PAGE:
PESHAWAR, Pakistan — The Pakistani army declared on Wednesday that its four-month-long offensive against insurgents in a restive tribal region bordering Afghanistan has been a success, saying that the troops have so far killed 1,100 militants.
But the military also accused neighboring Afghanistan of not providing "enough support" to the Pakistani operation in North Waziristan, and allegedly failing to take action against militants who have fled across the frontier to hide among the Afghans.
The army spokesman, Maj. Gen. Asim Saleem Bajwa, did not substantiate those claims but such accusations from Islamabad are common amid tense relations between the two neighbors. Afghan officials did not immediately comment on the remarks.
Bajwa told reporters in the northwestern city of Peshawar that the offensive in North Waziristan, which was launched in June, was going according to plan and that its impact is being felt across Pakistan, with a decrease in "terrorist attacks, extortion and kidnappings."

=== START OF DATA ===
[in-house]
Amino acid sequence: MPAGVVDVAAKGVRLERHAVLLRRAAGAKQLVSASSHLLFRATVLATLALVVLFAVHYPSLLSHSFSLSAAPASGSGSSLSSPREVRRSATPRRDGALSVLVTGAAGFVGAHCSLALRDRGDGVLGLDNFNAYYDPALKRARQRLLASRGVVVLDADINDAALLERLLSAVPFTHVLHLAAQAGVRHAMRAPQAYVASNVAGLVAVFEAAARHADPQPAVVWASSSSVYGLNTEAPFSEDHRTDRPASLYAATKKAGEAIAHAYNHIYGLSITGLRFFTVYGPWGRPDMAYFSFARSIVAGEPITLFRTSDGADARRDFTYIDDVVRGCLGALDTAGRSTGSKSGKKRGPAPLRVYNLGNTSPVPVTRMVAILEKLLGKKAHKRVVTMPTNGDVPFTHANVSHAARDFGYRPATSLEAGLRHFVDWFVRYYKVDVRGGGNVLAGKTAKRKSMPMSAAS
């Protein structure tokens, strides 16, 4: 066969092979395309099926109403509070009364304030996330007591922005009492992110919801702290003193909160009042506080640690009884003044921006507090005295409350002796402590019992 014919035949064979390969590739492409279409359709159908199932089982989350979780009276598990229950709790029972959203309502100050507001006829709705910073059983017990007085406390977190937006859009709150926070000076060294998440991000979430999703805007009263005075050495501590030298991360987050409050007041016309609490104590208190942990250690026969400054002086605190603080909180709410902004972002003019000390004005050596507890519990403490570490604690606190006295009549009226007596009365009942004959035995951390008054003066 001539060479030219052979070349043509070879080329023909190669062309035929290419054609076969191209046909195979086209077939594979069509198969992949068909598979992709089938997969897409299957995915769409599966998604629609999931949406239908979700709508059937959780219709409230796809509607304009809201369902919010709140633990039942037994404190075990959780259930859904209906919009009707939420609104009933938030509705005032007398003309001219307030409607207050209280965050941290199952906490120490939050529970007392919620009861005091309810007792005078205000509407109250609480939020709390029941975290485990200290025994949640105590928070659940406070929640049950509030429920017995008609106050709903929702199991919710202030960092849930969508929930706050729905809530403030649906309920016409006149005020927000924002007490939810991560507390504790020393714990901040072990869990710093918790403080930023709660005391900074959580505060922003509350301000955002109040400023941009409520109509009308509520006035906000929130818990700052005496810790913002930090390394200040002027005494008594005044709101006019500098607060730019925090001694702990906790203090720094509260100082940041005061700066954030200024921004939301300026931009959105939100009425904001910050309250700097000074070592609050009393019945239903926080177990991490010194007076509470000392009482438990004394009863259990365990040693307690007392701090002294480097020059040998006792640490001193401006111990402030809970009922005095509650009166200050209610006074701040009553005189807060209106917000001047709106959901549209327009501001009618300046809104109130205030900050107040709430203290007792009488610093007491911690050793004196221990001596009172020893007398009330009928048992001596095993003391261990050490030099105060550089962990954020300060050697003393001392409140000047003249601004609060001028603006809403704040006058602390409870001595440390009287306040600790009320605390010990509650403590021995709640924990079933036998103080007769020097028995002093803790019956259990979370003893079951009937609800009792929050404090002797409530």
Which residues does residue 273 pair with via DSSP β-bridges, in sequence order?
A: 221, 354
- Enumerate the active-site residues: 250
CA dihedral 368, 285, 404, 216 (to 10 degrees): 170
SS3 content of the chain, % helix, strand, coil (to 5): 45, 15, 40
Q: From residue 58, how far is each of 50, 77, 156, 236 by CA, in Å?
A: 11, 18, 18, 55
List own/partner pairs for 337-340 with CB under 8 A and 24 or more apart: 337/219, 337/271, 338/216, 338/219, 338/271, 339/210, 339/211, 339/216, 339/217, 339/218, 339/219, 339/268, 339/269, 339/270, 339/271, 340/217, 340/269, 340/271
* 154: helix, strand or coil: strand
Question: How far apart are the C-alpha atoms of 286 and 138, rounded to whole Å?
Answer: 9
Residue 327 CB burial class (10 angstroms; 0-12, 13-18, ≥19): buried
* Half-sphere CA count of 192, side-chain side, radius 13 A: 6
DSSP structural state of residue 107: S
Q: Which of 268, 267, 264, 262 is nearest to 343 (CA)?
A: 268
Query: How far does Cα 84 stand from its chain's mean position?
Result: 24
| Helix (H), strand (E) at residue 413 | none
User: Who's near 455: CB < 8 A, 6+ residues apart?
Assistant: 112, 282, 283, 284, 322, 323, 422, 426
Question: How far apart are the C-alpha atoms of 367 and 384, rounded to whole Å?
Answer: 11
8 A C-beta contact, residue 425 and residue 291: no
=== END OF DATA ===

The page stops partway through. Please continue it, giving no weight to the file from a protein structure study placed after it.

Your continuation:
"Most areas and roads in North Waziristan have been cleared and reconstruction is underway," he said, adding it was still unclear when the operation would be finished. He said troops seized 132.5 metric tons (146 tons) of explosives, thousands of weapons and a large cache of ammunition.
The tribal region was considered a sanctuary for local and foreign militant groups until the military launched its offensive following a deadly militant attack on the country's busiest airport in Karachi.
Bajwa said the results of the operation would have been even better if Afghan authorities had provided assistance.
He said Pakistan informed Afghan authorities that militants and their leadership fled across the border and were camped out in Afghan territory from where they were launching attacks against Pakistani troops.
"Afghan authorities have not taken any action," he said. "They have not killed or arrested and handed over any militants to Pakistan."